If you choose to groom your dog at home by yourself, knowing how to use dog clippers safely and properly when trimming or cutting your dog's hair is vital. Dogs are known to be afraid of the sound of hair clippers, which can sometimes make a grooming session a nightmare for you.
1. Select the Right Dog Hair Clipper
You'll want to select a pair of dog hair clippers by picking the right size for your dog. You don't want a small set of clippers if you're trying to cut the hair of a Saint Bernard or a large set to trim your Yorkie.
I also recommend looking for a pair of dog hair clippers designed with a quiet motor. You won't find a silent clipper, but some are less noisy.
And the less noise the clipper's motor makes, the easier it will be to cut your dog's hair.
The loud buzzing sound of clippers generally makes most dogs nervous.
Once you've selected a good set of pet clippers that fit the dog's coat, you also need to think about how comfortable they are for you.
Choose a lightweight set that won't make your hand and arm tired after only a few minutes of grooming.
The final decision can be made in terms of cord. Some clippers are cordless, meaning they will run on batteries and you'll need to recharge them.
This makes them slightly more convenient because the cord isn't in the way; however, most high-quality clippers will not be cordless, so if it's not an issue for you, I recommend bypassing this aspect.
2. Prepare Your Dog
Before you begin learning how to use dog clippers properly, you'll need to prepare your pooch for the grooming session.
This means a quick wash, then drying off and brushing your pup.
This will ensure that there are no mats, tangles or debris. If your clippers get caught up on tangled fur, it will cause your dog a great deal of pain.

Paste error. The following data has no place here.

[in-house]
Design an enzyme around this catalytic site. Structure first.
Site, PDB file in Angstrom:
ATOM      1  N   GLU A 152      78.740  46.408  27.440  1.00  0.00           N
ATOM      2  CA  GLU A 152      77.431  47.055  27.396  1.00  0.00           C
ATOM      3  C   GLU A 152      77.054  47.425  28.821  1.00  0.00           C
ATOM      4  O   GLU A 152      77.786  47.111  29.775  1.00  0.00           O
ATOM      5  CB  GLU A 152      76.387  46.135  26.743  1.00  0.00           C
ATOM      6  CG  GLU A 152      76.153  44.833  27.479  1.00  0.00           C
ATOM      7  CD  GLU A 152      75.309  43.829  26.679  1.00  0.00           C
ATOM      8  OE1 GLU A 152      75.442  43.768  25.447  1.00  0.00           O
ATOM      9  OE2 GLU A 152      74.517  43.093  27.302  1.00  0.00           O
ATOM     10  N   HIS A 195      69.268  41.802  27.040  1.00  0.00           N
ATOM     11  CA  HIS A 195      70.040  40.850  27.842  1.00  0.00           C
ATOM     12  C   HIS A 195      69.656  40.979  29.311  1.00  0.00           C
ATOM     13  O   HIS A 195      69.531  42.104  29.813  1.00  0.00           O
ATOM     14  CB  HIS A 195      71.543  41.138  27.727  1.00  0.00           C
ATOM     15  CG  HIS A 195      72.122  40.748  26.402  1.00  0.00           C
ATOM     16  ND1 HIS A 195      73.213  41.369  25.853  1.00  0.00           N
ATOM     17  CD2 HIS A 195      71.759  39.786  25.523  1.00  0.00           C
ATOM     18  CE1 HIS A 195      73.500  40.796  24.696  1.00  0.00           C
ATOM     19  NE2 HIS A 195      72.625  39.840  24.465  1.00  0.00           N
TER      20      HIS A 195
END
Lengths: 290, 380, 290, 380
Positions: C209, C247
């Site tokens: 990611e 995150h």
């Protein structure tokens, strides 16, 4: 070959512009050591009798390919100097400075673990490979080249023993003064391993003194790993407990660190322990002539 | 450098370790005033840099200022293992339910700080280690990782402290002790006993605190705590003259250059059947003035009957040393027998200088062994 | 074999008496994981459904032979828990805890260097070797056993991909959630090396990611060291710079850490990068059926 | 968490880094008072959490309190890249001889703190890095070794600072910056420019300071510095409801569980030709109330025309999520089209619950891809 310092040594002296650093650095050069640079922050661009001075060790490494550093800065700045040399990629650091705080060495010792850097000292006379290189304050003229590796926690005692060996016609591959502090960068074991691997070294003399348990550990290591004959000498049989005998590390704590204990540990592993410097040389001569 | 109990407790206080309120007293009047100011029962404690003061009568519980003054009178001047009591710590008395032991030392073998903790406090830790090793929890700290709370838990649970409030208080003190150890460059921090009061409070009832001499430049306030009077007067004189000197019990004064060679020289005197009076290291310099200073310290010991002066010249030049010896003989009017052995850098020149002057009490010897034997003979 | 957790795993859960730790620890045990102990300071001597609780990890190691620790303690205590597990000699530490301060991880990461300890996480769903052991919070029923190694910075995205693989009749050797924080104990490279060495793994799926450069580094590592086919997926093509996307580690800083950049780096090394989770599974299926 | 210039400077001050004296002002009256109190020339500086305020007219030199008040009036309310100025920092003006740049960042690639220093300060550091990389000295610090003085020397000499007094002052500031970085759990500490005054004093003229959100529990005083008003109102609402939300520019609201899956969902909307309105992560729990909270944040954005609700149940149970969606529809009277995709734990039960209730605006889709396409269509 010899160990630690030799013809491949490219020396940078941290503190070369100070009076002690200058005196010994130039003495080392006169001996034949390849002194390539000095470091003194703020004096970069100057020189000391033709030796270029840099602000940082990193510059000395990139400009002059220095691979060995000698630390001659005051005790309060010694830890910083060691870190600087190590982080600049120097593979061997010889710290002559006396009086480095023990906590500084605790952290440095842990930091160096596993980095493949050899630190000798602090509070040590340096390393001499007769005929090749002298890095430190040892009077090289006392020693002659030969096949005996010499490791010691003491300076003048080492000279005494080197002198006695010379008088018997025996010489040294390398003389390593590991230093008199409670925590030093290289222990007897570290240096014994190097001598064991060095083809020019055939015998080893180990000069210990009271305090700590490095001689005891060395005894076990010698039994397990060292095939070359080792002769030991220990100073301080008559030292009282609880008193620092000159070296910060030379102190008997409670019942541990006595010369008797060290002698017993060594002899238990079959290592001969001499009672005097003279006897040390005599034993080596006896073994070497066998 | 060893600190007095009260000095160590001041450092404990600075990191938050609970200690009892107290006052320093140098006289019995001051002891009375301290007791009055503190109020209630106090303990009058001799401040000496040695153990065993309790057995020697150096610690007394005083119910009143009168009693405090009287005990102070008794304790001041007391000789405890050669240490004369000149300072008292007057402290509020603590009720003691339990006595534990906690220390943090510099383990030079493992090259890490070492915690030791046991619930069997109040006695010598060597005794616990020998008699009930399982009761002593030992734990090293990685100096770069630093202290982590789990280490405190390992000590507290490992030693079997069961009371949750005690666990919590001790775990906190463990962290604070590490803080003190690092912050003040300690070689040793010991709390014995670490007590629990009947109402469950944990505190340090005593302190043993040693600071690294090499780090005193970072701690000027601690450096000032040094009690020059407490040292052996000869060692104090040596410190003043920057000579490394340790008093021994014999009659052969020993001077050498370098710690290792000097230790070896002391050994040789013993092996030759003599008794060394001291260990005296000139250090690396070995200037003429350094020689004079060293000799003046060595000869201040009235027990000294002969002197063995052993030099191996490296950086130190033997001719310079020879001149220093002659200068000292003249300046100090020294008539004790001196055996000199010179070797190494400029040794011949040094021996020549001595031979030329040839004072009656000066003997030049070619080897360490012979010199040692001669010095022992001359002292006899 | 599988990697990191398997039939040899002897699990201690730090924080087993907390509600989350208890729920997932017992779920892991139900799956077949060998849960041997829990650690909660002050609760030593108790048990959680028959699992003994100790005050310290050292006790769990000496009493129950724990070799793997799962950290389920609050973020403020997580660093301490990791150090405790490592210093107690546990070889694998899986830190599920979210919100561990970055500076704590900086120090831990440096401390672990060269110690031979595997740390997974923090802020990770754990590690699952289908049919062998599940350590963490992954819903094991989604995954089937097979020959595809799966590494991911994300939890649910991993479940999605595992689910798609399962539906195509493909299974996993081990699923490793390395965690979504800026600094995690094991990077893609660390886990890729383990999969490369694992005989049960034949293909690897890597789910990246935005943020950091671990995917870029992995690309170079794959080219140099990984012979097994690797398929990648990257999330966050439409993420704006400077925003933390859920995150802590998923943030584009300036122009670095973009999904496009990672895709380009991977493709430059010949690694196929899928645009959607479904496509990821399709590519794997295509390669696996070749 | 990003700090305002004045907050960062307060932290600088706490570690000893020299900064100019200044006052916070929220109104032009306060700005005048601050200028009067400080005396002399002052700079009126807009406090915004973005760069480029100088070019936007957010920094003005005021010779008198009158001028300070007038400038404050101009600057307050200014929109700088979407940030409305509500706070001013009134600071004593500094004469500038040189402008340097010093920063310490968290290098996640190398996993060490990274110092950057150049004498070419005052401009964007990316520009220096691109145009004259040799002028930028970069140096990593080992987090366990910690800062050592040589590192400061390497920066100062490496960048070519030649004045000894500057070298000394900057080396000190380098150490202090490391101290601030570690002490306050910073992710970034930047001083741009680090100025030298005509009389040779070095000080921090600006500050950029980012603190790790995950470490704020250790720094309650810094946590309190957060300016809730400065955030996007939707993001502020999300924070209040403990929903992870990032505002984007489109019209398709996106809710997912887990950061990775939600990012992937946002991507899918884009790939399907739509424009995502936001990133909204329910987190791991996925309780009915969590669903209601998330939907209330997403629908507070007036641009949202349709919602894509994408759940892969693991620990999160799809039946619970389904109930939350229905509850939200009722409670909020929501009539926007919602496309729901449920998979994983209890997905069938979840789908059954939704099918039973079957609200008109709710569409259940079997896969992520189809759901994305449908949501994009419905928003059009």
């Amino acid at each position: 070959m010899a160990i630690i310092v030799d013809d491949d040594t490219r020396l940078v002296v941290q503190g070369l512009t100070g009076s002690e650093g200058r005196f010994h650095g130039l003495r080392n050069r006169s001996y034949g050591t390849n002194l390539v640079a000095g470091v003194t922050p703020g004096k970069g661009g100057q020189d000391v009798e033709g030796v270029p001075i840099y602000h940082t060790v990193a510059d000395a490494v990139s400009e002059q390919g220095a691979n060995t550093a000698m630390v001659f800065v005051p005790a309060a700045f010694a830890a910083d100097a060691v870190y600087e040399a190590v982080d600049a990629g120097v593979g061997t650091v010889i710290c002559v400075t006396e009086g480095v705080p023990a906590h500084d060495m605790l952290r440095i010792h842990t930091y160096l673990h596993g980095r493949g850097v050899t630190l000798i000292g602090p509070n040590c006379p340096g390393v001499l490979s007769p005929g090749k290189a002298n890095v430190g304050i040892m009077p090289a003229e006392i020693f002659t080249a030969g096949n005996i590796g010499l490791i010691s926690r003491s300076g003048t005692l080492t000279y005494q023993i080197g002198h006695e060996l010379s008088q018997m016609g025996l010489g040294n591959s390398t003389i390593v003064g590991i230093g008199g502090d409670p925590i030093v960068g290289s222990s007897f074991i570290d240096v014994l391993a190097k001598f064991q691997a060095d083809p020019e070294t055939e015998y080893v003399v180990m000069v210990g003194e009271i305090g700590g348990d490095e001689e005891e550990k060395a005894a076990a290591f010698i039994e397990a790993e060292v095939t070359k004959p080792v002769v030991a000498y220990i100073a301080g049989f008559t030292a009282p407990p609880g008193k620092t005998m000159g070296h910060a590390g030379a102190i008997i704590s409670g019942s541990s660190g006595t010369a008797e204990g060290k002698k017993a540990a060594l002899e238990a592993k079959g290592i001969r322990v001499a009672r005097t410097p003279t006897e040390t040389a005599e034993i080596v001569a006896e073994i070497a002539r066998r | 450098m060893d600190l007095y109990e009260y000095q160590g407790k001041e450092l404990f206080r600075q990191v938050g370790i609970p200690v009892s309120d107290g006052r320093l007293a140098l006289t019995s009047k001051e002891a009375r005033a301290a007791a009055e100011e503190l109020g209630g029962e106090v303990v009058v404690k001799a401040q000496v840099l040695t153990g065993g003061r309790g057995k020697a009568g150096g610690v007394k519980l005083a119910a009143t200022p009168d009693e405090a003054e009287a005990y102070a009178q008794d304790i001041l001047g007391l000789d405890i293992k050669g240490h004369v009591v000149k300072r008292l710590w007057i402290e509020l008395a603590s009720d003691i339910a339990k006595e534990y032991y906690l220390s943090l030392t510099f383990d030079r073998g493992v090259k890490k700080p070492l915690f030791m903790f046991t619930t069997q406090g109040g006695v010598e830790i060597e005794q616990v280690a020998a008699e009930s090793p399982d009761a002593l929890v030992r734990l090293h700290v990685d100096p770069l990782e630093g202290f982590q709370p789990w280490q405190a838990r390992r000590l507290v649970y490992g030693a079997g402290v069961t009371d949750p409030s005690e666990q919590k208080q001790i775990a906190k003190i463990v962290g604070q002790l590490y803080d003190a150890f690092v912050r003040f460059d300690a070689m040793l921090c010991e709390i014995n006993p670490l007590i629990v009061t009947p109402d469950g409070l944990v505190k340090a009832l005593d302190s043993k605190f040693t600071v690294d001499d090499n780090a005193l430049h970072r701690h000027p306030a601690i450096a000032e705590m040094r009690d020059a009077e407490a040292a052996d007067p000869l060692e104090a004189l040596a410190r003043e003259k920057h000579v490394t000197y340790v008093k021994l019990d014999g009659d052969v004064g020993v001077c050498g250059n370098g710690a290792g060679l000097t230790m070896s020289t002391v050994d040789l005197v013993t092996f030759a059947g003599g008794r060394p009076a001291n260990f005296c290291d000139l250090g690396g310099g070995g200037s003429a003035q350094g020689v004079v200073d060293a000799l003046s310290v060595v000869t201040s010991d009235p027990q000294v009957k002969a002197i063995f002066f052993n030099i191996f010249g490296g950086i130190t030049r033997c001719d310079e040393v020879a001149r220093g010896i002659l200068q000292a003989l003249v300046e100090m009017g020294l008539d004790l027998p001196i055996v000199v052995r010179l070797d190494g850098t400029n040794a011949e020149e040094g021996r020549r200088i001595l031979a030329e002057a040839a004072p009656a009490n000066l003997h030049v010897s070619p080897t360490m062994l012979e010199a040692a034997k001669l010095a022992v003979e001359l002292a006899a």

If you haven't already, you can also take care of your dog's nails and cut or trim them.
Because some dogs are more squirmy, you'll save yourself scratches, and will have a more stable dog on the surface.
3. Have a Trimming/Shaving Plan
As you'll see me demonstrate in my video above, there's a certain pattern to follow.
First, you want to clip the hair in the direction that it grows.
This is often confusing for new home groomers.
I know that it seems like you should shave against the hair growth, but this will cause unsightly lines that you won't be able to get rid of.
Be very careful not to press down on the clippers.
Applying too much pressure could result in scratching or cutting your pet's skin.
Instead, go in small increments, and trim the same area several times, as needed, until you get to the desired hair length.
4. Follow a Certain Pattern
Start at the dog's neck and work your way down to the base of the tail.
This isn't only due to hair growth, but also because the dog is likely to respond better to clippers when you're gradually moving them away from their face just as they're getting used to the clipper's sound and movement.
I do not recommend shaving or trimming your dog's hair randomly and haphazardly.